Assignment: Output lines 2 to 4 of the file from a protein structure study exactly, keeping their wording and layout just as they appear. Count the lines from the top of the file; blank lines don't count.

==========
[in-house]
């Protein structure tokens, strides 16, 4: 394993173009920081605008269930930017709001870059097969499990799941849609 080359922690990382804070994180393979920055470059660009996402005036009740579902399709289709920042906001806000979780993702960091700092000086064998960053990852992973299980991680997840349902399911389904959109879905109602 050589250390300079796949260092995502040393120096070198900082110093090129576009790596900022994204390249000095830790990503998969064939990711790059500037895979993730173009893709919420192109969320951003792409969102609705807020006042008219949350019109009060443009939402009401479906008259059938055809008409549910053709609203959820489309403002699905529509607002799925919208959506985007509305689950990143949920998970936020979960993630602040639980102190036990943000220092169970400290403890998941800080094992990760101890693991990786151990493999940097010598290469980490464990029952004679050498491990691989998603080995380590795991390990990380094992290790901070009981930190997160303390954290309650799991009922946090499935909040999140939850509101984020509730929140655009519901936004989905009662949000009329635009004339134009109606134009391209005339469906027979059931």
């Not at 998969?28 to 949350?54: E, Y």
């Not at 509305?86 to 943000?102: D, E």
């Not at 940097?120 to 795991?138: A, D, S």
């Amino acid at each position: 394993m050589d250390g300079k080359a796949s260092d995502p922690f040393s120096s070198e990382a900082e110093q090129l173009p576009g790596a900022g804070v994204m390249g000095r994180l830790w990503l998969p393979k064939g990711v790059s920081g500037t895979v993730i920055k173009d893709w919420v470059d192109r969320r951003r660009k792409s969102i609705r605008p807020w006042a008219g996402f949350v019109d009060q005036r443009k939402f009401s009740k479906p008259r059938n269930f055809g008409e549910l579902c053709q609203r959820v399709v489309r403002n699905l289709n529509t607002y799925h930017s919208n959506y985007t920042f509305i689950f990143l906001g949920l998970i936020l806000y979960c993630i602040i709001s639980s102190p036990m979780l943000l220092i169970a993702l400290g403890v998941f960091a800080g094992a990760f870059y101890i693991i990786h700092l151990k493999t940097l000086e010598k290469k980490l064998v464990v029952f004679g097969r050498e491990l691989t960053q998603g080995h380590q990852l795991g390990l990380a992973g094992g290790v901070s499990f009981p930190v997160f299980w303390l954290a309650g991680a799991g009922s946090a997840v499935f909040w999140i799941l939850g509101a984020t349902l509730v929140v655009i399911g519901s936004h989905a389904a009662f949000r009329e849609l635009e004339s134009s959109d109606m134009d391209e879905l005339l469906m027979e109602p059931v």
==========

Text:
């Protein structure tokens, strides 16, 4: 394993173009920081605008269930930017709001870059097969499990799941849609 080359922690990382804070994180393979920055470059660009996402005036009740579902399709289709920042906001806000979780993702960091700092000086064998960053990852992973299980991680997840349902399911389904959109879905109602 050589250390300079796949260092995502040393120096070198900082110093090129576009790596900022994204390249000095830790990503998969064939990711790059500037895979993730173009893709919420192109969320951003792409969102609705807020006042008219949350019109009060443009939402009401479906008259059938055809008409549910053709609203959820489309403002699905529509607002799925919208959506985007509305689950990143949920998970936020979960993630602040639980102190036990943000220092169970400290403890998941800080094992990760101890693991990786151990493999940097010598290469980490464990029952004679050498491990691989998603080995380590795991390990990380094992290790901070009981930190997160303390954290309650799991009922946090499935909040999140939850509101984020509730929140655009519901936004989905009662949000009329635009004339134009109606134009391209005339469906027979059931």
């Not at 998969?28 to 949350?54: E, Y």
């Not at 509305?86 to 943000?102: D, E």